Process diagrams with style

Process diagrams help users figure out the workflow they are supposed to go through. Processes are in general extremely efficient way to complete tasks in certain order to accomplish the desired outcome. They are, of course, usually derived from information technology what comes to modern software applications. Software engineers tend to design systems in a controllable way thus ending end user products reflecting the intended workflow in the background. Processes can be typically seen in online shops when the customer is checking out. Right after having shopped the customer is directed to checkout process, which consists of several phases, like entering shipping address, choosing shipping method, providing payment information and finally reviewing and submitting the order.

Webshops usually show the process as a diagram. It helps customers to understand what phase they are currently completing and what phases are still left. These diagrams are easy to draw with a graphics application while there is another way to display such series. Cascading style sheets can be used to show great looking diagrams with minimal effort. I have composed some code to show a few samples. The code relies heavily on strict markup as well as CSS 3.0, which is - unfortunately - less supported in mainstream browsers. With a little quirk hacking and browser-depended coding I managed to create circles (or bubbles) I wanted to use in my sample process diagram.

Vertical process diagram

The first sample shows a vertical process flow. It has its phases stacked and each phase title is displayed inside a circle. Next to the phase is a short description.

Checkout
Check your shopping cart
Payment
Place your payment
Delivery
Wait for delivery

The circle is created using CSS border-radius property. This actually rounds the corners of a box, but specific values make the box look like a bubble. Not all browsers support the border-radius property. The required effect can be reached using -moz-border-radius and -webkit-border-radius properties in Mozilla-based browsers. Other CSS properties I have used in this example place the title in the middle of the circle.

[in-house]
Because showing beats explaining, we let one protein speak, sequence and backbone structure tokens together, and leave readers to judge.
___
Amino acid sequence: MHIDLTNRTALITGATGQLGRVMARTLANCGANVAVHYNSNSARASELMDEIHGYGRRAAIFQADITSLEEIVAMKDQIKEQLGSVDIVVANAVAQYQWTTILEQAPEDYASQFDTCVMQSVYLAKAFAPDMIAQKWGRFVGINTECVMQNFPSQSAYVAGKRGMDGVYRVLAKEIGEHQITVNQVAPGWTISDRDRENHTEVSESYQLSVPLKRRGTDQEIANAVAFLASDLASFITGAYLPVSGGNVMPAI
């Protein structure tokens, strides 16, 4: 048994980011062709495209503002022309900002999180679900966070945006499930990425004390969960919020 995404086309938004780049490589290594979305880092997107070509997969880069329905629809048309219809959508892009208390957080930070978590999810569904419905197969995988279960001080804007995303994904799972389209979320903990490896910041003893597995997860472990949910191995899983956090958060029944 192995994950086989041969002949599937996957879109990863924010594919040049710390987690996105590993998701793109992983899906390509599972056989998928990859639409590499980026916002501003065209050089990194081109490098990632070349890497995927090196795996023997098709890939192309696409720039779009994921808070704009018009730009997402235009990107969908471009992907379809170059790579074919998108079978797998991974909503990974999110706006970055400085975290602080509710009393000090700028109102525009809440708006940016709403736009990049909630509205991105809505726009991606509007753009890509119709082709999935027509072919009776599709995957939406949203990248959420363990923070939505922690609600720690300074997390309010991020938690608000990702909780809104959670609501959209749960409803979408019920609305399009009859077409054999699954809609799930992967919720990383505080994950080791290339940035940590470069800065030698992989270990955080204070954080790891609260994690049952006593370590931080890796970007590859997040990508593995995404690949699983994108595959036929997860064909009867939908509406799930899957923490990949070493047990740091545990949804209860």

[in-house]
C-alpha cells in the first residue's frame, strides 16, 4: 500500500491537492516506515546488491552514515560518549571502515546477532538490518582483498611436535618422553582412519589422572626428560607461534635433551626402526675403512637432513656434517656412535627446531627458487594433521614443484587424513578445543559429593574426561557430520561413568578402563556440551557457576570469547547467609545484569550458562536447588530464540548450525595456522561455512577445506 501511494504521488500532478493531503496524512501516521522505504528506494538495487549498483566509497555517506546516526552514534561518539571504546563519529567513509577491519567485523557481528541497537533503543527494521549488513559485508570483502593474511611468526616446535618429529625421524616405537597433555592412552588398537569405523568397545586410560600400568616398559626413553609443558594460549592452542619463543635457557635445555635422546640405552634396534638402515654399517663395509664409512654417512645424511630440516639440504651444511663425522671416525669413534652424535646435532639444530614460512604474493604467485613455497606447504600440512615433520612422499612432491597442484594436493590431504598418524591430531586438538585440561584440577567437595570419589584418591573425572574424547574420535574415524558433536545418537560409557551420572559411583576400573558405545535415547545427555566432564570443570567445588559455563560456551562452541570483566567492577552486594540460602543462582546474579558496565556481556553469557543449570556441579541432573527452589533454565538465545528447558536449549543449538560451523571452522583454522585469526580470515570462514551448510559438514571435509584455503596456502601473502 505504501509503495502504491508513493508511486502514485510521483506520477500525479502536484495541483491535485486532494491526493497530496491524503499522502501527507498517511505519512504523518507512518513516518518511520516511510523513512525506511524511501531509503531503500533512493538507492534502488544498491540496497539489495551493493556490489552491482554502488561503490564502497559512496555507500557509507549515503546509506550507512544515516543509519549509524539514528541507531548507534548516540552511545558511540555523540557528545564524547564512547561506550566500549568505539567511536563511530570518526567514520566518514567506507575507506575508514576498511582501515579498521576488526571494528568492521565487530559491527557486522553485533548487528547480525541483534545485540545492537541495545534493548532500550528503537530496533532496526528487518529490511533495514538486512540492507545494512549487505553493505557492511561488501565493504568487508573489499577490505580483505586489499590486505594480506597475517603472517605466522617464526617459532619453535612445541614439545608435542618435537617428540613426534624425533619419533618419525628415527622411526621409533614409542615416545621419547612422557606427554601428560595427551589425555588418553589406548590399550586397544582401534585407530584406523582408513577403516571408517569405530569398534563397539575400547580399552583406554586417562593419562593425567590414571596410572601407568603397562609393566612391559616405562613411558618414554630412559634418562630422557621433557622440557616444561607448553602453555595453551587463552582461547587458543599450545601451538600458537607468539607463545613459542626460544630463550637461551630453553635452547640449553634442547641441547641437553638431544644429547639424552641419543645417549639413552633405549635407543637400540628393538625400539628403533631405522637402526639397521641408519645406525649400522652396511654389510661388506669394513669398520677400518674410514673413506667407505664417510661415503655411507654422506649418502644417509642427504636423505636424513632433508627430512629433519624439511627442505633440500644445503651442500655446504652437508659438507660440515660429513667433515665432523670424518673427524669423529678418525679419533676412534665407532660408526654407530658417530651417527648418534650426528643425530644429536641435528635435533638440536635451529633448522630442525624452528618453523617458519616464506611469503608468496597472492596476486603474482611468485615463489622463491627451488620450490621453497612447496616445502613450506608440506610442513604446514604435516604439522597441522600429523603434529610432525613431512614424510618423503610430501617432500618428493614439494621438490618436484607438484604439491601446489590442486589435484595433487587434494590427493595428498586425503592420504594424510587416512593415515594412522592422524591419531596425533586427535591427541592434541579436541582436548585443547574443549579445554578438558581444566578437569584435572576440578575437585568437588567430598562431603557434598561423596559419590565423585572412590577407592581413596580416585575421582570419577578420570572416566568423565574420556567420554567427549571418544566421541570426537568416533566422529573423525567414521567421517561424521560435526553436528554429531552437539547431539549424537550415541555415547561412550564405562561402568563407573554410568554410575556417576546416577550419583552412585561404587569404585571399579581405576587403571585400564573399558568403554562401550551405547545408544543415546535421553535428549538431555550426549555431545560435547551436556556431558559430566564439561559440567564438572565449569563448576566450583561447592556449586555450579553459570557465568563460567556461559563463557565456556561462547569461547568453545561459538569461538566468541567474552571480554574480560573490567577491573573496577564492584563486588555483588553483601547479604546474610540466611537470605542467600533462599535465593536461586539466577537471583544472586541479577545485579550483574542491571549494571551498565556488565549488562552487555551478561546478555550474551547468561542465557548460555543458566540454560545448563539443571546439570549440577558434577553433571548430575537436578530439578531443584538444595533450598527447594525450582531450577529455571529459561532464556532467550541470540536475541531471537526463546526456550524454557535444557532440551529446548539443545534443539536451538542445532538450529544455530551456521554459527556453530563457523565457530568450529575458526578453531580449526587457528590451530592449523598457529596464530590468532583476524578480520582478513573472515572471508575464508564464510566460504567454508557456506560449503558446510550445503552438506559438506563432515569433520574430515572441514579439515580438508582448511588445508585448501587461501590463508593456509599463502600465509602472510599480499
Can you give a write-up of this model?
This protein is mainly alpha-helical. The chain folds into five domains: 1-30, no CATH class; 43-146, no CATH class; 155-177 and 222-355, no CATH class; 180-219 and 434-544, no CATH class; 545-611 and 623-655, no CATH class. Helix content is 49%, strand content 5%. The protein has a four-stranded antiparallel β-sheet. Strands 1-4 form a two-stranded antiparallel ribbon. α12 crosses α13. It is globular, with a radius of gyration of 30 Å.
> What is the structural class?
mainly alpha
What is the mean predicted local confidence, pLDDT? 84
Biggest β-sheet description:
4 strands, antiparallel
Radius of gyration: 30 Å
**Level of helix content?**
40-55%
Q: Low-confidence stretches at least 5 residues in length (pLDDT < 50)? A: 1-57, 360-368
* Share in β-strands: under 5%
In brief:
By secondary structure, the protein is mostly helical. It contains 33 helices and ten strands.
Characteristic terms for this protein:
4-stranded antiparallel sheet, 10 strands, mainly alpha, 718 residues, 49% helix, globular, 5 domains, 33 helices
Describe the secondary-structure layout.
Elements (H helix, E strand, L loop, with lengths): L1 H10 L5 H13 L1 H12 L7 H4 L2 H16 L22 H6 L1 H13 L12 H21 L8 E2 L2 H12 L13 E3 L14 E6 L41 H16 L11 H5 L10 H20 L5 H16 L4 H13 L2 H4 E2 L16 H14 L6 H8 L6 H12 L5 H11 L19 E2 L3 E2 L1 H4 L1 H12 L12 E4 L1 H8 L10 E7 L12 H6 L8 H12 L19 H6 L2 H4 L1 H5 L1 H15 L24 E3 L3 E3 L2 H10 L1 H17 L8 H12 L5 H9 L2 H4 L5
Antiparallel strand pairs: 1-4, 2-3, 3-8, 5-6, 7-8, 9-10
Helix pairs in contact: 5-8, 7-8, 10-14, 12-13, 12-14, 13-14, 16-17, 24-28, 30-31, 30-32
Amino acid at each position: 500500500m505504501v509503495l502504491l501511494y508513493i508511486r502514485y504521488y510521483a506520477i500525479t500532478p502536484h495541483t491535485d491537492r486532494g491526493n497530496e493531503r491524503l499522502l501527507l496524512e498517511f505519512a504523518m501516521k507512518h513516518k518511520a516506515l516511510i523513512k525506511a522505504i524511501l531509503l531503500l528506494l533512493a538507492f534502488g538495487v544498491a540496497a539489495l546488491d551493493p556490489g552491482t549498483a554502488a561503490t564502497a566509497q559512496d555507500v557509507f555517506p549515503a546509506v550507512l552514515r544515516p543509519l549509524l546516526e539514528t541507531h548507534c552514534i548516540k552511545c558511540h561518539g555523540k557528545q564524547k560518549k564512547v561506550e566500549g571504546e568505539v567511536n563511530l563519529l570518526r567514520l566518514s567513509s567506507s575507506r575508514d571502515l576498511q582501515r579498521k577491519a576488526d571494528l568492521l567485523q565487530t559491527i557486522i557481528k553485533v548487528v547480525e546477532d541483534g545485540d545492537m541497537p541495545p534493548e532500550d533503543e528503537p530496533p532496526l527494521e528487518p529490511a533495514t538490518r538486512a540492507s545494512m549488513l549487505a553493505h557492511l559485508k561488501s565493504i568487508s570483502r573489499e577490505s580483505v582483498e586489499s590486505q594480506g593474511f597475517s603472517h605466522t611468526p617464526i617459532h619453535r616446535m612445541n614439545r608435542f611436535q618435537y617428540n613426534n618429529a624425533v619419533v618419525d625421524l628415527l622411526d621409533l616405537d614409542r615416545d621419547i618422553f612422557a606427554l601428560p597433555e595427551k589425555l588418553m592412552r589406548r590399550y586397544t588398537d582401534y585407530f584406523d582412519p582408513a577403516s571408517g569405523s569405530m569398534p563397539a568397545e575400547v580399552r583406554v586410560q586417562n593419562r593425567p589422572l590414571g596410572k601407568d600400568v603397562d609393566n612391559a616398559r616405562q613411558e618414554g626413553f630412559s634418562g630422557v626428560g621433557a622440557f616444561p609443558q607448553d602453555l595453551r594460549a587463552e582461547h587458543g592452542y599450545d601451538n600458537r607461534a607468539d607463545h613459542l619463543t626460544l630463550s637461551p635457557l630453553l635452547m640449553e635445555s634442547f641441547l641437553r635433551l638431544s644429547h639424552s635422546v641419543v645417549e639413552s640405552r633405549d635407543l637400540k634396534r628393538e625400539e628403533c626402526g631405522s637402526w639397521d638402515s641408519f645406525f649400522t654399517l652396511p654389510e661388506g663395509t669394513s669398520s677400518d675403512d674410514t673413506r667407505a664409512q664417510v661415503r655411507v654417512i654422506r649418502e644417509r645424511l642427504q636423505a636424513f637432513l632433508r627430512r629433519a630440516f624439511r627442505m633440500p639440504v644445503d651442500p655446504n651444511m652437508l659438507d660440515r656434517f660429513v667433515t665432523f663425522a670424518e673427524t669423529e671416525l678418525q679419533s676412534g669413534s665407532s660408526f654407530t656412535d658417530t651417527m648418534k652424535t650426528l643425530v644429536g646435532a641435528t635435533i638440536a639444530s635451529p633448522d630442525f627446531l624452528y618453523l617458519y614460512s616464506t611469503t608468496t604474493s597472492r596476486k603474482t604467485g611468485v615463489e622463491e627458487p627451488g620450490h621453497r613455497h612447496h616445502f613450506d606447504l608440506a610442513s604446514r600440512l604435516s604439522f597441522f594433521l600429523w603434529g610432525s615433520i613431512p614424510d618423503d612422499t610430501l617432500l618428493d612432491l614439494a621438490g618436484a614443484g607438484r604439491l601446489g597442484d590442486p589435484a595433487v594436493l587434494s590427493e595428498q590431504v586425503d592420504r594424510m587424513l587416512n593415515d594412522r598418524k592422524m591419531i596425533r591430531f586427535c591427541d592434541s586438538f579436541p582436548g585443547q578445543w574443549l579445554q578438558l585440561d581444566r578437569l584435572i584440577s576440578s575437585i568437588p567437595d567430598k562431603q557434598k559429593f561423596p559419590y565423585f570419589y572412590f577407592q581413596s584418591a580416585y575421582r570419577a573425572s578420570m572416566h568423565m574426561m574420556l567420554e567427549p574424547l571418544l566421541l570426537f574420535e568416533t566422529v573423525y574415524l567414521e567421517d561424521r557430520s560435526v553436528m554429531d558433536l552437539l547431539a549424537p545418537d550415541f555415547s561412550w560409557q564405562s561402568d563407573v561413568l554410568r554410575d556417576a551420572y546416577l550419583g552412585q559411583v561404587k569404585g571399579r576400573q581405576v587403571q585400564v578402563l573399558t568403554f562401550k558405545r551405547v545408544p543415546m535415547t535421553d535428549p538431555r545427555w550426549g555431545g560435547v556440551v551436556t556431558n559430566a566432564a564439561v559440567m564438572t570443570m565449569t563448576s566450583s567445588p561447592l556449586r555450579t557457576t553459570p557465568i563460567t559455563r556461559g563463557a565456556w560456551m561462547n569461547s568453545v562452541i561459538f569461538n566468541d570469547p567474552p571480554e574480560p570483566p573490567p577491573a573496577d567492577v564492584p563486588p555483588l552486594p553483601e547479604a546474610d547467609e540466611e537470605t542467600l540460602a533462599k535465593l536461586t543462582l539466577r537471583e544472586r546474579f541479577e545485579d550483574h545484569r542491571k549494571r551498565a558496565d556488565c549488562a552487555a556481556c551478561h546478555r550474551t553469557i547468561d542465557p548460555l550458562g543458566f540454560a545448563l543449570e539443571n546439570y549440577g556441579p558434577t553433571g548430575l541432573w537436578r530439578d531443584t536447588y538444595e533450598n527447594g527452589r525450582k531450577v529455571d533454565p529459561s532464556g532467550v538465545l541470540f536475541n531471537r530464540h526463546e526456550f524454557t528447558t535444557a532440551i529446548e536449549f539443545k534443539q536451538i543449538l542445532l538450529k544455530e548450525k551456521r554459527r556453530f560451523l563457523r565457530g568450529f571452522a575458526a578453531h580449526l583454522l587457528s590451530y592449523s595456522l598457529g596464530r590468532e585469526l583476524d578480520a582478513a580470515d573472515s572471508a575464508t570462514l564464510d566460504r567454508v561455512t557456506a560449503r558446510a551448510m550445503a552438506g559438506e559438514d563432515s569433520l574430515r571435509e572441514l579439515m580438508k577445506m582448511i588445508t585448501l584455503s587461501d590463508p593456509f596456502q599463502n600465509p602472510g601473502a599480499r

The following markup constructs the process and its phases. In this example each phase is an element of a definition list.

<dl>   <dt class="active">Checkout</dt>   <dd>Check your shopping cart</dd>   <dt>Payment</dt>   <dd>Place your payment</dd>   <dt>Delivery</dt>   <dd>Wait for delivery</dd> </dl>

This style sheet actually does the trick and shows the definition list as a process diagram.

dt {   -moz-border-radius:10em;   -webkit-border-radius:10em;   border-radius:10em;   clear:left;   float:left;   height:5em;   line-height:5em;   margin:1em auto;   padding:.5em;   text-align:center;   vertical-align:middle;   width:5em; } dd {   float:left;   height:5em;   line-height:5em;   margin:1em auto;   padding:.5em;   vertical-align:middle; }

By varying the color of the circle in each phase you can indicate the process flow. The next set of styles does the coloring.

.active {   background-color:#6C0;   color:#FFF; } dt {   background-color:#CCC;   color:#999; }

Horizontal process diagram

Displaying the process diagram horizontally may require some more effort. I have used ordered list (ol) element of HTML to set up the sequence. Each phase equals one list element which I have forced to float to left ending up with a horizontal appearance. This example uses mainly the same code as above with only minimal changes.

  1. Checkout
    Check your shopping cart
  2. Payment
    Place your payment
  3. Delivery
    Wait for delivery

The horizontal diagram uses the following markup, which is still quite minimalistic.

<ol>   <li>     <dl>       <dt class="active">Checkout</dt>       <dd>Check your shopping cart</dd>     </dl>   </li>   <li>     <dl>       <dt>Payment</dt>       <dd>Place your payment</dd>     </dl>   </li>   <li>     <dl>       <dt>Delivery</dt>       <dd>Wait for delivery</dd>     </dl>   </li> </ol>

Style sheet needs a little modification. Styles are mostly the same as in vertical process diagram, but make the diagram appear horizontally.

ol {   list-style:none; } li {   float:left;   width:10em; } dt {   -moz-border-radius:10em;   -webkit-border-radius:10em;   border-radius:10em;   height:5em;   line-height:5em;   margin:1em auto;   padding:.5em;   text-align:center;   vertical-align:middle;   width:5em; } dd {   height:5em;   margin:auto;   text-align:center;   width:10em; }

Final words

Process diagrams give an overview of the task in hand. They are usually made with graphics software but strict HTML puritans like to achieve the same results using code only. You may ask why bother? There is nothing wrong with using graphics, but they don’t usually scale to various display terminal resolutions. Whenever the process changes the graphics must be updated. Transferring graphics over the net also consumes precious bandwith, so there are many reasons why use markup and styles to create simple graphics. Certainly there are a few drawbacks too. Styles lack the vividness of versatile graphics applications and they are inflexible to reach all the most complicated details. This article, however, shows another approach to attain a graphical specialty in web pages.

Julkaistu tiistaina 5.1.2010 klo 18:26 CSS-luokassa avainsanoilla harrastukset, Internet ja ohjelmointi.

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